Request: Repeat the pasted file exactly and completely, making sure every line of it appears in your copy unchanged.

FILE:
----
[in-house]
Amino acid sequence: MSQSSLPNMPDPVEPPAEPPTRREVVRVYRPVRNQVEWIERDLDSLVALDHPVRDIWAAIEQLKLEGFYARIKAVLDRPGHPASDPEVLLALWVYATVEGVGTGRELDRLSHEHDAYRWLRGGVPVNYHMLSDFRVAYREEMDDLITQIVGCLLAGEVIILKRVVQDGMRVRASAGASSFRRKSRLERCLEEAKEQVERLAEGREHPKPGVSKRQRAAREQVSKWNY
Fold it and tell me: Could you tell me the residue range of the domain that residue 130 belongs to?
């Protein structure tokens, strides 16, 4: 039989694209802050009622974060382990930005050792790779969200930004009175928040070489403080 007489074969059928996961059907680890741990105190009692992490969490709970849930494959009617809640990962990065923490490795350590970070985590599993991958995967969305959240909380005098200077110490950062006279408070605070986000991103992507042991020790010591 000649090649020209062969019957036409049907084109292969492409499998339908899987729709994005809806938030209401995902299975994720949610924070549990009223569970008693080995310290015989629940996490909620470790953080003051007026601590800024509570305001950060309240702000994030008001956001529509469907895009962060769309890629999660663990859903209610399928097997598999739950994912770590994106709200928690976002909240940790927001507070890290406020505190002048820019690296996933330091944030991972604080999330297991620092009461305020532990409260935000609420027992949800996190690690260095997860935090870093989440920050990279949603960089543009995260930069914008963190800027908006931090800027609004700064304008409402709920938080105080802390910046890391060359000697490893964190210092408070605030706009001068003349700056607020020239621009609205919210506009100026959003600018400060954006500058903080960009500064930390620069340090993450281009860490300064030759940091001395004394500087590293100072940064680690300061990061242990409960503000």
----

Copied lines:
[in-house]
Amino acid sequence: MSQSSLPNMPDPVEPPAEPPTRREVVRVYRPVRNQVEWIERDLDSLVALDHPVRDIWAAIEQLKLEGFYARIKAVLDRPGHPASDPEVLLALWVYATVEGVGTGRELDRLSHEHDAYRWLRGGVPVNYHMLSDFRVAYREEMDDLITQIVGCLLAGEVIILKRVVQDGMRVRASAGASSFRRKSRLERCLEEAKEQVERLAEGREHPKPGVSKRQRAAREQVSKWNY
Fold it and tell me: Could you tell me the residue range of the domain that residue 130 belongs to?
């Protein structure tokens, strides 16, 4: 039989694209802050009622974060382990930005050792790779969200930004009175928040070489403080 007489074969059928996961059907680890741990105190009692992490969490709970849930494959009617809640990962990065923490490795350590970070985590599993991958995967969305959240909380005098200077110490950062006279408070605070986000991103992507042991020790010591 000649090649020209062969019957036409049907084109292969492409499998339908899987729709994005809806938030209401995902299975994720949610924070549990009223569970008693080995310290015989629940996490909620470790953080003051007026601590800024509570305001950060309240702000994030008001956001529509469907895009962060769309890629999660663990859903209610399928097997598999739950994912770590994106709200928690976002909240940790927001507070890290406020505190002048820019690296996933330091944030991972604080999330297991620092009461305020532990409260935000609420027992949800996190690690260095997860935090870093989440920050990279949603960089543009995260930069914008963190800027908006931090800027609004700064304008409402709920938080105080802390910046890391060359000697490893964190210092408070605030706009001068003349700056607020020239621009609205919210506009100026959003600018400060954006500058903080960009500064930390620069340090993450281009860490300064030759940091001395004394500087590293100072940064680690300061990061242990409960503000």